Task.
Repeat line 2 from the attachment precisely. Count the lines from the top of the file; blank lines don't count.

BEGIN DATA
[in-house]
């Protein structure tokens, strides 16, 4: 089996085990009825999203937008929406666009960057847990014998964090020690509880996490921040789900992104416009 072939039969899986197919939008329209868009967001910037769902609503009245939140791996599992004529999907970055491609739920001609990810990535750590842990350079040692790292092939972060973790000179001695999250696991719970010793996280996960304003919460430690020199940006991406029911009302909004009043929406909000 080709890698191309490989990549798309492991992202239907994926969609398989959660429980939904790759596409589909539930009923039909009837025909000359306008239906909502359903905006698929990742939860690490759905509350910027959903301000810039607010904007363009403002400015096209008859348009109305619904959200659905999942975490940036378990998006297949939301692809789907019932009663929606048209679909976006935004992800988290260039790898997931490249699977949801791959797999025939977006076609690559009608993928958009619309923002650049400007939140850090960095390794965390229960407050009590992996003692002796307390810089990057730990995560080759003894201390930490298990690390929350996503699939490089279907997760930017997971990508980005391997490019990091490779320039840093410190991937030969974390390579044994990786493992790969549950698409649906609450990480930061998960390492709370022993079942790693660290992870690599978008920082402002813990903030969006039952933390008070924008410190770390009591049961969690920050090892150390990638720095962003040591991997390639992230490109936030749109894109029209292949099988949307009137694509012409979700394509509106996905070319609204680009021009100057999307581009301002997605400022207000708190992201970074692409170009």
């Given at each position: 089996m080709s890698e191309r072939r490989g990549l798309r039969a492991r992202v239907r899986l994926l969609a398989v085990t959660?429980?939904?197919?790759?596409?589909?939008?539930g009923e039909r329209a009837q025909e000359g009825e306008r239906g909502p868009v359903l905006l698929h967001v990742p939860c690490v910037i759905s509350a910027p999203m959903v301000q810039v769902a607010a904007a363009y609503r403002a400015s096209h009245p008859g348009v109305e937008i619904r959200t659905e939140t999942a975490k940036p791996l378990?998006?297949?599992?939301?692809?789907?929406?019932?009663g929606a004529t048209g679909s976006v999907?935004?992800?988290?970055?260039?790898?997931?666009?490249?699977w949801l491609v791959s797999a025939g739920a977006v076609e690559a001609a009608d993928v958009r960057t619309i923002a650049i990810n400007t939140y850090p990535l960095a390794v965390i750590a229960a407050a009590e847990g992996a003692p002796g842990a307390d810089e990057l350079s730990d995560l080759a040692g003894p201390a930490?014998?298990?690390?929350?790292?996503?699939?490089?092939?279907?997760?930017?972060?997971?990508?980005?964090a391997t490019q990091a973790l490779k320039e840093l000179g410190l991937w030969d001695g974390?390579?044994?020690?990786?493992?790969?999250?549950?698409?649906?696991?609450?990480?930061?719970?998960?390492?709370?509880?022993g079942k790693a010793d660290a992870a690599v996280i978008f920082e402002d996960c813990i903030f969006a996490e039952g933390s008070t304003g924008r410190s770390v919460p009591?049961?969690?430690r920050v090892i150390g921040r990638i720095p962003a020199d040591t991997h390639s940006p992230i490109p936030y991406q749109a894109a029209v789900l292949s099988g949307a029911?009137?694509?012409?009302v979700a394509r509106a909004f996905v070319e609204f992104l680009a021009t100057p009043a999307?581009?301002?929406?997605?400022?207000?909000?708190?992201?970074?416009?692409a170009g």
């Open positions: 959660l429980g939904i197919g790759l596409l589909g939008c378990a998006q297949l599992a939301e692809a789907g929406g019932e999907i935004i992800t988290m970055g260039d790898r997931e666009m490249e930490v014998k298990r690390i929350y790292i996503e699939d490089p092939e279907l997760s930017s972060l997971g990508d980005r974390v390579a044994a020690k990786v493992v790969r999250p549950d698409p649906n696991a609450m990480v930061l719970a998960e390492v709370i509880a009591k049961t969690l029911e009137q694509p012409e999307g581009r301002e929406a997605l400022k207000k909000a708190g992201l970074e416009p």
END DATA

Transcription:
């Protein structure tokens, strides 16, 4: 089996085990009825999203937008929406666009960057847990014998964090020690509880996490921040789900992104416009 072939039969899986197919939008329209868009967001910037769902609503009245939140791996599992004529999907970055491609739920001609990810990535750590842990350079040692790292092939972060973790000179001695999250696991719970010793996280996960304003919460430690020199940006991406029911009302909004009043929406909000 080709890698191309490989990549798309492991992202239907994926969609398989959660429980939904790759596409589909539930009923039909009837025909000359306008239906909502359903905006698929990742939860690490759905509350910027959903301000810039607010904007363009403002400015096209008859348009109305619904959200659905999942975490940036378990998006297949939301692809789907019932009663929606048209679909976006935004992800988290260039790898997931490249699977949801791959797999025939977006076609690559009608993928958009619309923002650049400007939140850090960095390794965390229960407050009590992996003692002796307390810089990057730990995560080759003894201390930490298990690390929350996503699939490089279907997760930017997971990508980005391997490019990091490779320039840093410190991937030969974390390579044994990786493992790969549950698409649906609450990480930061998960390492709370022993079942790693660290992870690599978008920082402002813990903030969006039952933390008070924008410190770390009591049961969690920050090892150390990638720095962003040591991997390639992230490109936030749109894109029209292949099988949307009137694509012409979700394509509106996905070319609204680009021009100057999307581009301002997605400022207000708190992201970074692409170009």